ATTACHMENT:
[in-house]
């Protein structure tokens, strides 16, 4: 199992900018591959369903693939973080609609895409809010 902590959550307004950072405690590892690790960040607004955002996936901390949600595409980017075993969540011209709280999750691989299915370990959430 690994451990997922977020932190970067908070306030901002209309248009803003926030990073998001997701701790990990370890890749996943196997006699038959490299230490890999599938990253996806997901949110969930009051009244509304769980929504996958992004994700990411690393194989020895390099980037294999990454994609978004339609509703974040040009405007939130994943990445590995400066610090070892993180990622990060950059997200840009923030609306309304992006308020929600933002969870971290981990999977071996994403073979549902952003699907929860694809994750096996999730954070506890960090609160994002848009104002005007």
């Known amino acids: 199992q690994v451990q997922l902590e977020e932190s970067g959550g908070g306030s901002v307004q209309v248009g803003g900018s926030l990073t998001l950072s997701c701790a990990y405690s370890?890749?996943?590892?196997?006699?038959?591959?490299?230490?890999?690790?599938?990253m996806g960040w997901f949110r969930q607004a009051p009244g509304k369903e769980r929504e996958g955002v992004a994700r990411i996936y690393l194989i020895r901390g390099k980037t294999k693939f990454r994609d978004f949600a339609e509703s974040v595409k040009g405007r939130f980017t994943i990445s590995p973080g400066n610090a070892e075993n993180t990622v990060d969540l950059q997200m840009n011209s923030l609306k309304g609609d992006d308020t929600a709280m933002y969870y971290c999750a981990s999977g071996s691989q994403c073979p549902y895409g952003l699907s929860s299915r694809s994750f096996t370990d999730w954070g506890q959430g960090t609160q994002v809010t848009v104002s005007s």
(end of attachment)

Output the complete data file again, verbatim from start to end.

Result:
[in-house]
């Protein structure tokens, strides 16, 4: 199992900018591959369903693939973080609609895409809010 902590959550307004950072405690590892690790960040607004955002996936901390949600595409980017075993969540011209709280999750691989299915370990959430 690994451990997922977020932190970067908070306030901002209309248009803003926030990073998001997701701790990990370890890749996943196997006699038959490299230490890999599938990253996806997901949110969930009051009244509304769980929504996958992004994700990411690393194989020895390099980037294999990454994609978004339609509703974040040009405007939130994943990445590995400066610090070892993180990622990060950059997200840009923030609306309304992006308020929600933002969870971290981990999977071996994403073979549902952003699907929860694809994750096996999730954070506890960090609160994002848009104002005007």
């Known amino acids: 199992q690994v451990q997922l902590e977020e932190s970067g959550g908070g306030s901002v307004q209309v248009g803003g900018s926030l990073t998001l950072s997701c701790a990990y405690s370890?890749?996943?590892?196997?006699?038959?591959?490299?230490?890999?690790?599938?990253m996806g960040w997901f949110r969930q607004a009051p009244g509304k369903e769980r929504e996958g955002v992004a994700r990411i996936y690393l194989i020895r901390g390099k980037t294999k693939f990454r994609d978004f949600a339609e509703s974040v595409k040009g405007r939130f980017t994943i990445s590995p973080g400066n610090a070892e075993n993180t990622v990060d969540l950059q997200m840009n011209s923030l609306k309304g609609d992006d308020t929600a709280m933002y969870y971290c999750a981990s999977g071996s691989q994403c073979p549902y895409g952003l699907s929860s299915r694809s994750f096996t370990d999730w954070g506890q959430g960090t609160q994002v809010t848009v104002s005007s």